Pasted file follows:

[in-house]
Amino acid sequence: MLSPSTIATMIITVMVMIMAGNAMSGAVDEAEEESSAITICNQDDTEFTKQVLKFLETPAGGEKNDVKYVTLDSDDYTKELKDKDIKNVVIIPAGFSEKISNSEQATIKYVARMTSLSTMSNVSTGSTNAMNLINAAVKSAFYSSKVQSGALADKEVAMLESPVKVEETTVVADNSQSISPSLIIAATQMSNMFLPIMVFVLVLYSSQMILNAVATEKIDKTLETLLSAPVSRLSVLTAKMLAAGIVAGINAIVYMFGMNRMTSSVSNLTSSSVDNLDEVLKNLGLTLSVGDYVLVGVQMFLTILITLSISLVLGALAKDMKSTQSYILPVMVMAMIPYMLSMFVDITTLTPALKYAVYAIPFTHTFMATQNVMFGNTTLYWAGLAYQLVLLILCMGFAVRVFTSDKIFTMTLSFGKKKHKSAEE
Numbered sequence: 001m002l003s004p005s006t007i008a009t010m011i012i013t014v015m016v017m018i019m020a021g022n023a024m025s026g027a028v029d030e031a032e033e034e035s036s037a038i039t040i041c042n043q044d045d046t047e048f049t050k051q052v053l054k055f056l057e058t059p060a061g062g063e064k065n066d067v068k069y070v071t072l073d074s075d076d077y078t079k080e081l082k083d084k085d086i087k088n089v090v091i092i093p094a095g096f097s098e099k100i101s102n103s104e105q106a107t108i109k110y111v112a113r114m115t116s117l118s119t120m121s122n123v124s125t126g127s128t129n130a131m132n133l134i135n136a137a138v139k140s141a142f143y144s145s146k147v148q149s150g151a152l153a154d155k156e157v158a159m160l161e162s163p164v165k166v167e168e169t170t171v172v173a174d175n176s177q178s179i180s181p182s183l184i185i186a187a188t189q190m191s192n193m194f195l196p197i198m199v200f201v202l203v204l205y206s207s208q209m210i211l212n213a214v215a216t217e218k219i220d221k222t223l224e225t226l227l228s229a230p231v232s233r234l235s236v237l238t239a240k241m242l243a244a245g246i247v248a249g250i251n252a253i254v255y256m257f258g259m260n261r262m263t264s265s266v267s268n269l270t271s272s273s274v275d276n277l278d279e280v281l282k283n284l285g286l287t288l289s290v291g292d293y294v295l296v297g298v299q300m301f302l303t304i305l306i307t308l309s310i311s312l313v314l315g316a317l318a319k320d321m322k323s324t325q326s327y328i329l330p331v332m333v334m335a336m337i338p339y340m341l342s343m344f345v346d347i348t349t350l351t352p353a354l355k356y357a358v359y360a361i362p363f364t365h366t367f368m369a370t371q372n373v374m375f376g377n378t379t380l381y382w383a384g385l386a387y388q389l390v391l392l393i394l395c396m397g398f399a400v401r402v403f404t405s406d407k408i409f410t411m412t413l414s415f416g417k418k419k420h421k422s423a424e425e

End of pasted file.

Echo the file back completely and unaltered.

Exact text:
[in-house]
Amino acid sequence: MLSPSTIATMIITVMVMIMAGNAMSGAVDEAEEESSAITICNQDDTEFTKQVLKFLETPAGGEKNDVKYVTLDSDDYTKELKDKDIKNVVIIPAGFSEKISNSEQATIKYVARMTSLSTMSNVSTGSTNAMNLINAAVKSAFYSSKVQSGALADKEVAMLESPVKVEETTVVADNSQSISPSLIIAATQMSNMFLPIMVFVLVLYSSQMILNAVATEKIDKTLETLLSAPVSRLSVLTAKMLAAGIVAGINAIVYMFGMNRMTSSVSNLTSSSVDNLDEVLKNLGLTLSVGDYVLVGVQMFLTILITLSISLVLGALAKDMKSTQSYILPVMVMAMIPYMLSMFVDITTLTPALKYAVYAIPFTHTFMATQNVMFGNTTLYWAGLAYQLVLLILCMGFAVRVFTSDKIFTMTLSFGKKKHKSAEE
Numbered sequence: 001m002l003s004p005s006t007i008a009t010m011i012i013t014v015m016v017m018i019m020a021g022n023a024m025s026g027a028v029d030e031a032e033e034e035s036s037a038i039t040i041c042n043q044d045d046t047e048f049t050k051q052v053l054k055f056l057e058t059p060a061g062g063e064k065n066d067v068k069y070v071t072l073d074s075d076d077y078t079k080e081l082k083d084k085d086i087k088n089v090v091i092i093p094a095g096f097s098e099k100i101s102n103s104e105q106a107t108i109k110y111v112a113r114m115t116s117l118s119t120m121s122n123v124s125t126g127s128t129n130a131m132n133l134i135n136a137a138v139k140s141a142f143y144s145s146k147v148q149s150g151a152l153a154d155k156e157v158a159m160l161e162s163p164v165k166v167e168e169t170t171v172v173a174d175n176s177q178s179i180s181p182s183l184i185i186a187a188t189q190m191s192n193m194f195l196p197i198m199v200f201v202l203v204l205y206s207s208q209m210i211l212n213a214v215a216t217e218k219i220d221k222t223l224e225t226l227l228s229a230p231v232s233r234l235s236v237l238t239a240k241m242l243a244a245g246i247v248a249g250i251n252a253i254v255y256m257f258g259m260n261r262m263t264s265s266v267s268n269l270t271s272s273s274v275d276n277l278d279e280v281l282k283n284l285g286l287t288l289s290v291g292d293y294v295l296v297g298v299q300m301f302l303t304i305l306i307t308l309s310i311s312l313v314l315g316a317l318a319k320d321m322k323s324t325q326s327y328i329l330p331v332m333v334m335a336m337i338p339y340m341l342s343m344f345v346d347i348t349t350l351t352p353a354l355k356y357a358v359y360a361i362p363f364t365h366t367f368m369a370t371q372n373v374m375f376g377n378t379t380l381y382w383a384g385l386a387y388q389l390v391l392l393i394l395c396m397g398f399a400v401r402v403f404t405s406d407k408i409f410t411m412t413l414s415f416g417k418k419k420h421k422s423a424e425e